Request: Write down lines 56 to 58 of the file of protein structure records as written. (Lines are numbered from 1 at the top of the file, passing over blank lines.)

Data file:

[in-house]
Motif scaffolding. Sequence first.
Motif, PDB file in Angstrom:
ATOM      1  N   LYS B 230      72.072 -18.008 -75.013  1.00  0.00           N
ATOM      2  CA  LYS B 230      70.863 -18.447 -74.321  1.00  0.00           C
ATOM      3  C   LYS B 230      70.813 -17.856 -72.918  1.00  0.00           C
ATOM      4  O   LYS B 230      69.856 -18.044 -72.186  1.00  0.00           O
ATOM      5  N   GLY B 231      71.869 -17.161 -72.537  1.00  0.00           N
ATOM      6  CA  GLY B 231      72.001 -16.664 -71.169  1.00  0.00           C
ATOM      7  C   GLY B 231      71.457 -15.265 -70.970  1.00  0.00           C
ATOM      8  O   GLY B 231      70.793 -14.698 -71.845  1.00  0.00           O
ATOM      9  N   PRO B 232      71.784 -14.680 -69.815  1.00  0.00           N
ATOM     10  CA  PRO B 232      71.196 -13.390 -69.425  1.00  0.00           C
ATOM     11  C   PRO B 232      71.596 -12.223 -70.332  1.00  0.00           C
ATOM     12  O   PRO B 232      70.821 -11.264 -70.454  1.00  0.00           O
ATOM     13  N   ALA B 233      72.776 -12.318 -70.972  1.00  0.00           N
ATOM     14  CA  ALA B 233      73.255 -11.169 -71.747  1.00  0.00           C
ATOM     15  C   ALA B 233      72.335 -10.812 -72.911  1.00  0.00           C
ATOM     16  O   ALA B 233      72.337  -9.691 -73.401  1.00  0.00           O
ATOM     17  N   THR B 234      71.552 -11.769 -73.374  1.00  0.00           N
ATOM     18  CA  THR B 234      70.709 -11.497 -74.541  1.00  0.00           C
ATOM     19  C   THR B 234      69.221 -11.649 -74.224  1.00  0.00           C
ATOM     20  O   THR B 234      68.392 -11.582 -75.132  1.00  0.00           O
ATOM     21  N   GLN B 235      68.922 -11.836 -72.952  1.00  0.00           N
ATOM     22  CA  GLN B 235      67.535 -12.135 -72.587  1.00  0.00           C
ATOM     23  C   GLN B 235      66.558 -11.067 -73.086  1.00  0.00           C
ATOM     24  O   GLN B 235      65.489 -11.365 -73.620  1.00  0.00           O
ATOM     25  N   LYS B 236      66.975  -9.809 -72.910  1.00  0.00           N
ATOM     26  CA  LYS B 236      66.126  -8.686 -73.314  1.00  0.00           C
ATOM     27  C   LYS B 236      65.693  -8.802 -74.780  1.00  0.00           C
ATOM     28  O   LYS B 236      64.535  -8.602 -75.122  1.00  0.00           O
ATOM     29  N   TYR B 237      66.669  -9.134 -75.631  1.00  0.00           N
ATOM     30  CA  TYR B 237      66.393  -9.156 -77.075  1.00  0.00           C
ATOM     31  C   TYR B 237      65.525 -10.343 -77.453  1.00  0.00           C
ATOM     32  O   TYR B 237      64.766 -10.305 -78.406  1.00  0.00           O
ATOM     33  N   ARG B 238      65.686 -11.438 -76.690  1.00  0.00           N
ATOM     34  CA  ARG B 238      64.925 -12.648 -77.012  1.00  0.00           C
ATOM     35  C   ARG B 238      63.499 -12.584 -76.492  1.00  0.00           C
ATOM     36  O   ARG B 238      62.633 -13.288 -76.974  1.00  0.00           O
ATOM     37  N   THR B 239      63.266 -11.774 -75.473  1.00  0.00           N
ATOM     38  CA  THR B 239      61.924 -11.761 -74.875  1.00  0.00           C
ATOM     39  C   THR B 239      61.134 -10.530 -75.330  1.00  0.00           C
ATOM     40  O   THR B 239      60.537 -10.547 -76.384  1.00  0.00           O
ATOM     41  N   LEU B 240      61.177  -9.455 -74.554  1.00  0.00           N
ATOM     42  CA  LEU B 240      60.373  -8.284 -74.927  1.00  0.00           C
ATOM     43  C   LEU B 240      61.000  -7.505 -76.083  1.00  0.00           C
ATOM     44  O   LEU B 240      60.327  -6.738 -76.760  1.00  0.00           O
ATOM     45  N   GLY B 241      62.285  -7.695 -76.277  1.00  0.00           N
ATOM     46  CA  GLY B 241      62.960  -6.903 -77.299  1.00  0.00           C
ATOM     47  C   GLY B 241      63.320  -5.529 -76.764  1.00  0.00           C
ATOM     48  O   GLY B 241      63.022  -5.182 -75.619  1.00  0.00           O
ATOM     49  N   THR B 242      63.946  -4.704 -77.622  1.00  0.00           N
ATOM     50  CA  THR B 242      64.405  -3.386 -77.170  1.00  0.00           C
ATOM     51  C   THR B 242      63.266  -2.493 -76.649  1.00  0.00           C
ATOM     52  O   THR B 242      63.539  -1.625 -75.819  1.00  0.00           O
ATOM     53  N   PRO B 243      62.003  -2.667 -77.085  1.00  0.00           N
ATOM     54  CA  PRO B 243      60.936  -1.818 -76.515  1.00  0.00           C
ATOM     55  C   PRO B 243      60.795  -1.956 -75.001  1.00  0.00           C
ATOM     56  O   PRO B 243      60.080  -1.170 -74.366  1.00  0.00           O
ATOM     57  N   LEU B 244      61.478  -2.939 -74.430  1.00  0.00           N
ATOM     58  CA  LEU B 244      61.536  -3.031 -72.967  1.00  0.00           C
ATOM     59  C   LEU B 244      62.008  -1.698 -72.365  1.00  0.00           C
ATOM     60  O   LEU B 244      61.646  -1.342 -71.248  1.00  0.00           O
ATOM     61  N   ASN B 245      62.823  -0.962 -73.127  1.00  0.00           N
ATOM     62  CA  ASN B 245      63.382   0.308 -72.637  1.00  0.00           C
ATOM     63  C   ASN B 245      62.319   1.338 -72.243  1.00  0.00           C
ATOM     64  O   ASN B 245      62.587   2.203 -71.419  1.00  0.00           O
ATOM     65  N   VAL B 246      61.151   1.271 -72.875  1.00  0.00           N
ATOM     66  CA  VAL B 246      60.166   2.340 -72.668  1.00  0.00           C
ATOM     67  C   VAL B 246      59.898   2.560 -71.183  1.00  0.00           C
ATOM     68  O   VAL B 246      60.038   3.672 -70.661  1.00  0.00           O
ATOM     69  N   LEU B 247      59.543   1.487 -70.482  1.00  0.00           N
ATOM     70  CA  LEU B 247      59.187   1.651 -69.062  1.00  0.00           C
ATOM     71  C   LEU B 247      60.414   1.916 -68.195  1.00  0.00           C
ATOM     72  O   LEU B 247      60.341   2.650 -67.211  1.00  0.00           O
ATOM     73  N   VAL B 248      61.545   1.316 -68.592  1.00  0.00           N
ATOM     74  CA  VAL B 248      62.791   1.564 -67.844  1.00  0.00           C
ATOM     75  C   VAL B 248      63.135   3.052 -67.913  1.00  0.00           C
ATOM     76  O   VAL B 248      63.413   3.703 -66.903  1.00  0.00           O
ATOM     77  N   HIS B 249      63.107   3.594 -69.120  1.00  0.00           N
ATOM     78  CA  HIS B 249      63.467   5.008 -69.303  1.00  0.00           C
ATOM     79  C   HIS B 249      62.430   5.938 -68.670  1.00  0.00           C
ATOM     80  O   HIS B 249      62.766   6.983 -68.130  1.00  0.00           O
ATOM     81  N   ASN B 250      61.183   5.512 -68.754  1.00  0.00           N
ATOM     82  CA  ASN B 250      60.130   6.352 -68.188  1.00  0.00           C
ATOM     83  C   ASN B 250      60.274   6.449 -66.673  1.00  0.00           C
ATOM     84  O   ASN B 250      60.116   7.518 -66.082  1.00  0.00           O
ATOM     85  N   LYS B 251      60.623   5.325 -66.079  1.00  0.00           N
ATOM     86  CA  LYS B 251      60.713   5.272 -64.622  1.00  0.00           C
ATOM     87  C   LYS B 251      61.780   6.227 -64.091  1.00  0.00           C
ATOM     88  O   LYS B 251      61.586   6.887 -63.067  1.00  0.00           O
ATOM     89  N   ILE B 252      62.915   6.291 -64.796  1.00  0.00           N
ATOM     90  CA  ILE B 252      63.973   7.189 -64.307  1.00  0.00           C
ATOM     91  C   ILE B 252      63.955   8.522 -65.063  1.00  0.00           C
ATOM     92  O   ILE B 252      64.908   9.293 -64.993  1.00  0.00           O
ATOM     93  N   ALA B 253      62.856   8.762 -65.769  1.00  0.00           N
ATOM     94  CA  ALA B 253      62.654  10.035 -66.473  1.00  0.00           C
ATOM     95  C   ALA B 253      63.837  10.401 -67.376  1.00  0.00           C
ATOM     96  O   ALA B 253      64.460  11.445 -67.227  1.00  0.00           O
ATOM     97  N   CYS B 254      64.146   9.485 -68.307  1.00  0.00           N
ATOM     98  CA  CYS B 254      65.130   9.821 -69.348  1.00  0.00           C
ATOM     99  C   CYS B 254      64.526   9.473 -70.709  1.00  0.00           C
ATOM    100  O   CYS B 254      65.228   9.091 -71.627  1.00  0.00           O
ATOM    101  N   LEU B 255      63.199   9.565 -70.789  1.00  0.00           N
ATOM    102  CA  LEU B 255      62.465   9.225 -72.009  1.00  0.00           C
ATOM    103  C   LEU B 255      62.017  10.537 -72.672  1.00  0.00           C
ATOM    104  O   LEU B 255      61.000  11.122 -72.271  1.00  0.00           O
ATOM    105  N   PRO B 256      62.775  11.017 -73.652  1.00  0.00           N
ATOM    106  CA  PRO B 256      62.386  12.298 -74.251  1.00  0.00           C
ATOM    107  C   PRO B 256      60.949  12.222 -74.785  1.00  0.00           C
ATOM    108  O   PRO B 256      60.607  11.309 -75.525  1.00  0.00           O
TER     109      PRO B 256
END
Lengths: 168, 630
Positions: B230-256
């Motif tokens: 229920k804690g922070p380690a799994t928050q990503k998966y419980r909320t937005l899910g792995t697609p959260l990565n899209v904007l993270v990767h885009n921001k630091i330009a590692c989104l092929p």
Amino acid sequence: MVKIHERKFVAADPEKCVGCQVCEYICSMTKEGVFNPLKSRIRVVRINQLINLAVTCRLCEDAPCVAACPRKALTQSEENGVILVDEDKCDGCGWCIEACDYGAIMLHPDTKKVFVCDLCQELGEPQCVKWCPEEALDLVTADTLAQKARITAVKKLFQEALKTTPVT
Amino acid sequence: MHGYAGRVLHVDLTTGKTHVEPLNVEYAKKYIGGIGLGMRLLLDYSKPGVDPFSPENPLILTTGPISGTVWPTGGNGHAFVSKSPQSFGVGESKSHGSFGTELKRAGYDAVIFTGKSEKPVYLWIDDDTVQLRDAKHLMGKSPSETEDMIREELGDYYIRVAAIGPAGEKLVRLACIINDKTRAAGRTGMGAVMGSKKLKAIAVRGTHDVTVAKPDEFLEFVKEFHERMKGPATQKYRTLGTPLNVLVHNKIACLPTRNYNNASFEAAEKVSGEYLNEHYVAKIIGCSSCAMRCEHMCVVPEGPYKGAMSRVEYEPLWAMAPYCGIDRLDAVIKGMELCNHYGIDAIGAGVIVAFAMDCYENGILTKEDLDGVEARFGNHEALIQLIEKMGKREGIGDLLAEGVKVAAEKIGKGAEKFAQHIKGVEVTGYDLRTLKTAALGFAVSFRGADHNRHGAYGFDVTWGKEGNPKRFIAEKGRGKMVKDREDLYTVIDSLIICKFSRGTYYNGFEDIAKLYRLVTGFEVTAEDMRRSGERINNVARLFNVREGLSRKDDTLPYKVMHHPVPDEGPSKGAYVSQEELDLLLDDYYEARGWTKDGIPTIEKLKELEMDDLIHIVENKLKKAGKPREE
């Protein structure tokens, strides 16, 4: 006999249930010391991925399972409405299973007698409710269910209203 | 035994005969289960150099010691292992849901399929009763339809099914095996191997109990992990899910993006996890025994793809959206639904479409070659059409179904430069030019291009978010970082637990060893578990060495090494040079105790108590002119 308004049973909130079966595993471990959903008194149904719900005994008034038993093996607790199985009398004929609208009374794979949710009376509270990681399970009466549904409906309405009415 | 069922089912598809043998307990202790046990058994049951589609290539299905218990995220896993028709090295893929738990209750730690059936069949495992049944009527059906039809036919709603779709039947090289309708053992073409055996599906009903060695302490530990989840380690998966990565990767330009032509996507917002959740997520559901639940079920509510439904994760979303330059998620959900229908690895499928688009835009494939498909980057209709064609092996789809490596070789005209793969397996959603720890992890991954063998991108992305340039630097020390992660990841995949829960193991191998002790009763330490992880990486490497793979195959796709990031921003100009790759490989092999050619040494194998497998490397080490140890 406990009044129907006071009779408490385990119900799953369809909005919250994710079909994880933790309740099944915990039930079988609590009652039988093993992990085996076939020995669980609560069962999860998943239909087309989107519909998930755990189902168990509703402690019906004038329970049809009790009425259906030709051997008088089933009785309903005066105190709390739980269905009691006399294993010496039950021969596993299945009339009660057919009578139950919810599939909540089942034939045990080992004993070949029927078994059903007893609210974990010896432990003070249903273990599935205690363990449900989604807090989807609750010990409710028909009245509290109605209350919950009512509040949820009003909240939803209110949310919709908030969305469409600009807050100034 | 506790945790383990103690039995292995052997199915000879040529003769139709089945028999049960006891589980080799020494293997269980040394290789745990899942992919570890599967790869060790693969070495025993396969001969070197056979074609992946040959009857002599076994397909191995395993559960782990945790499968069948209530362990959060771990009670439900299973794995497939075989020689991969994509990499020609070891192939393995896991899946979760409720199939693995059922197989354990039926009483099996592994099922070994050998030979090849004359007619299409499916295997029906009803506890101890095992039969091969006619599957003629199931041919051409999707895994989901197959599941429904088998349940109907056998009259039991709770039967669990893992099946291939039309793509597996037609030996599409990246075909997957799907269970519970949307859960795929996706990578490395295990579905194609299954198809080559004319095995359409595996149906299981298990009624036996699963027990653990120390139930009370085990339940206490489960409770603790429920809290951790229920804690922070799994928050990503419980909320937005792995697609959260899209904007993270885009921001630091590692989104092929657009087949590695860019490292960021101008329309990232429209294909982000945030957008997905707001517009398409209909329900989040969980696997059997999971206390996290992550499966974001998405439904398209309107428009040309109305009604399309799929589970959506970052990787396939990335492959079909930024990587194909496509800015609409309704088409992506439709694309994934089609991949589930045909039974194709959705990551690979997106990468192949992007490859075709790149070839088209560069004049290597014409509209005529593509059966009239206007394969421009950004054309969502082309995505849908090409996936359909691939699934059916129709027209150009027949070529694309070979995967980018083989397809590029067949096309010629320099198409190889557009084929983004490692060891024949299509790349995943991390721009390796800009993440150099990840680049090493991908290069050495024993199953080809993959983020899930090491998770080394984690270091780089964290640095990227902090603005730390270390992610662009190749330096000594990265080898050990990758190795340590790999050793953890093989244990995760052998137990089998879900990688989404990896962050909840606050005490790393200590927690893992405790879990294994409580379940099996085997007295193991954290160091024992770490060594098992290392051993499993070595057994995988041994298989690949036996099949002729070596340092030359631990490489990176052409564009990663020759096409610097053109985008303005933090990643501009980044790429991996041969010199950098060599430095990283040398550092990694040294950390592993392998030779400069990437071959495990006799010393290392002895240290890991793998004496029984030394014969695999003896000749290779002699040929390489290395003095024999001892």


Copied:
ATOM     53  N   PRO B 243      62.003  -2.667 -77.085  1.00  0.00           N
ATOM     54  CA  PRO B 243      60.936  -1.818 -76.515  1.00  0.00           C
ATOM     55  C   PRO B 243      60.795  -1.956 -75.001  1.00  0.00           C